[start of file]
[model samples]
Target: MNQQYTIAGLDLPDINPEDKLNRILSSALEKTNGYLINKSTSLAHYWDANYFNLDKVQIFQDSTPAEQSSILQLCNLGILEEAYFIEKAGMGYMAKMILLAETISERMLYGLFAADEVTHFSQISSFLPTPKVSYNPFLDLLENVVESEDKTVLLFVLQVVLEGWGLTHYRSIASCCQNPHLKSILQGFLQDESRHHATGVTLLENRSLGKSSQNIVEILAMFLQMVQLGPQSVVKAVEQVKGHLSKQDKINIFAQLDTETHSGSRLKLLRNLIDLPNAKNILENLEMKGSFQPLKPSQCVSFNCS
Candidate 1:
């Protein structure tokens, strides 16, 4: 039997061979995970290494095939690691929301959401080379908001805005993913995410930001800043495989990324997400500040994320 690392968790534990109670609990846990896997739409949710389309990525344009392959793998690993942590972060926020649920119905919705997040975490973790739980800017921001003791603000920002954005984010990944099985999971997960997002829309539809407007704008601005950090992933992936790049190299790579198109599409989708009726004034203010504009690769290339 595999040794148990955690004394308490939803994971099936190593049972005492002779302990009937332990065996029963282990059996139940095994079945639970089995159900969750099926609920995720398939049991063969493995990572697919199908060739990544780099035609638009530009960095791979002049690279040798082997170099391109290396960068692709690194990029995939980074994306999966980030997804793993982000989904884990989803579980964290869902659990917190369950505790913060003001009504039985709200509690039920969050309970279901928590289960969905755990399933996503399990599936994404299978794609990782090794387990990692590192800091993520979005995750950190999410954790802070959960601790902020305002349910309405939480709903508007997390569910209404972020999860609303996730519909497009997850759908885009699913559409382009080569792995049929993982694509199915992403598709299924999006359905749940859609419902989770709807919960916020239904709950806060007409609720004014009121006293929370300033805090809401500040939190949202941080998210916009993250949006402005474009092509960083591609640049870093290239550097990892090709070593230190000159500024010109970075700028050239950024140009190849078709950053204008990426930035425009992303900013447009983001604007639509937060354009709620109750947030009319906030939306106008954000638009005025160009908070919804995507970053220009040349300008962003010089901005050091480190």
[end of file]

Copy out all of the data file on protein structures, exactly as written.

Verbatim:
[model samples]
Target: MNQQYTIAGLDLPDINPEDKLNRILSSALEKTNGYLINKSTSLAHYWDANYFNLDKVQIFQDSTPAEQSSILQLCNLGILEEAYFIEKAGMGYMAKMILLAETISERMLYGLFAADEVTHFSQISSFLPTPKVSYNPFLDLLENVVESEDKTVLLFVLQVVLEGWGLTHYRSIASCCQNPHLKSILQGFLQDESRHHATGVTLLENRSLGKSSQNIVEILAMFLQMVQLGPQSVVKAVEQVKGHLSKQDKINIFAQLDTETHSGSRLKLLRNLIDLPNAKNILENLEMKGSFQPLKPSQCVSFNCS
Candidate 1:
């Protein structure tokens, strides 16, 4: 039997061979995970290494095939690691929301959401080379908001805005993913995410930001800043495989990324997400500040994320 690392968790534990109670609990846990896997739409949710389309990525344009392959793998690993942590972060926020649920119905919705997040975490973790739980800017921001003791603000920002954005984010990944099985999971997960997002829309539809407007704008601005950090992933992936790049190299790579198109599409989708009726004034203010504009690769290339 595999040794148990955690004394308490939803994971099936190593049972005492002779302990009937332990065996029963282990059996139940095994079945639970089995159900969750099926609920995720398939049991063969493995990572697919199908060739990544780099035609638009530009960095791979002049690279040798082997170099391109290396960068692709690194990029995939980074994306999966980030997804793993982000989904884990989803579980964290869902659990917190369950505790913060003001009504039985709200509690039920969050309970279901928590289960969905755990399933996503399990599936994404299978794609990782090794387990990692590192800091993520979005995750950190999410954790802070959960601790902020305002349910309405939480709903508007997390569910209404972020999860609303996730519909497009997850759908885009699913559409382009080569792995049929993982694509199915992403598709299924999006359905749940859609419902989770709807919960916020239904709950806060007409609720004014009121006293929370300033805090809401500040939190949202941080998210916009993250949006402005474009092509960083591609640049870093290239550097990892090709070593230190000159500024010109970075700028050239950024140009190849078709950053204008990426930035425009992303900013447009983001604007639509937060354009709620109750947030009319906030939306106008954000638009005025160009908070919804995507970053220009040349300008962003010089901005050091480190």